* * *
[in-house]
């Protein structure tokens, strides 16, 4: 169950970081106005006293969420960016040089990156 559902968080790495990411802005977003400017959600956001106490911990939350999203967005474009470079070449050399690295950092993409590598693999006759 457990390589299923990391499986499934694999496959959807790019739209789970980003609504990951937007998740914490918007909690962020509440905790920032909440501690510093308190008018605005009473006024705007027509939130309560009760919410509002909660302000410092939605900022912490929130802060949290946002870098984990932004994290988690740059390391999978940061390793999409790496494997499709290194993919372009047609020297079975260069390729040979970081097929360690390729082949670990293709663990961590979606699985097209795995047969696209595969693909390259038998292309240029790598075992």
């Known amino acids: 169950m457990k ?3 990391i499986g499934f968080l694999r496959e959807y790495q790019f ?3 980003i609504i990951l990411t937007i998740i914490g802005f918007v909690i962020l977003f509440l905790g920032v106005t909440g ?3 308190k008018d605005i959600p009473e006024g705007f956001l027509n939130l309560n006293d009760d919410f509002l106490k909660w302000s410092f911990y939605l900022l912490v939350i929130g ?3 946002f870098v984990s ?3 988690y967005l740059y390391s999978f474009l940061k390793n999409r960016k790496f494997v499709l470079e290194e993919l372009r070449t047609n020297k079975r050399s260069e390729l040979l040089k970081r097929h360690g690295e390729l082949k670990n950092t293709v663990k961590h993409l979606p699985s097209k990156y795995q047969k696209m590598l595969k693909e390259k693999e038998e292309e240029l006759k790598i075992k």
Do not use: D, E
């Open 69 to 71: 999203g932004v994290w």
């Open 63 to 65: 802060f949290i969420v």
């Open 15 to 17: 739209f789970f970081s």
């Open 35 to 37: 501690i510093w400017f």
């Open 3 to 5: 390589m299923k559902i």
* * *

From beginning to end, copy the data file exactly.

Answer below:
[in-house]
């Protein structure tokens, strides 16, 4: 169950970081106005006293969420960016040089990156 559902968080790495990411802005977003400017959600956001106490911990939350999203967005474009470079070449050399690295950092993409590598693999006759 457990390589299923990391499986499934694999496959959807790019739209789970980003609504990951937007998740914490918007909690962020509440905790920032909440501690510093308190008018605005009473006024705007027509939130309560009760919410509002909660302000410092939605900022912490929130802060949290946002870098984990932004994290988690740059390391999978940061390793999409790496494997499709290194993919372009047609020297079975260069390729040979970081097929360690390729082949670990293709663990961590979606699985097209795995047969696209595969693909390259038998292309240029790598075992």
């Known amino acids: 169950m457990k ?3 990391i499986g499934f968080l694999r496959e959807y790495q790019f ?3 980003i609504i990951l990411t937007i998740i914490g802005f918007v909690i962020l977003f509440l905790g920032v106005t909440g ?3 308190k008018d605005i959600p009473e006024g705007f956001l027509n939130l309560n006293d009760d919410f509002l106490k909660w302000s410092f911990y939605l900022l912490v939350i929130g ?3 946002f870098v984990s ?3 988690y967005l740059y390391s999978f474009l940061k390793n999409r960016k790496f494997v499709l470079e290194e993919l372009r070449t047609n020297k079975r050399s260069e390729l040979l040089k970081r097929h360690g690295e390729l082949k670990n950092t293709v663990k961590h993409l979606p699985s097209k990156y795995q047969k696209m590598l595969k693909e390259k693999e038998e292309e240029l006759k790598i075992k």
Do not use: D, E
């Open 69 to 71: 999203g932004v994290w």
């Open 63 to 65: 802060f949290i969420v």
């Open 15 to 17: 739209f789970f970081s």
């Open 35 to 37: 501690i510093w400017f």
């Open 3 to 5: 390589m299923k559902i």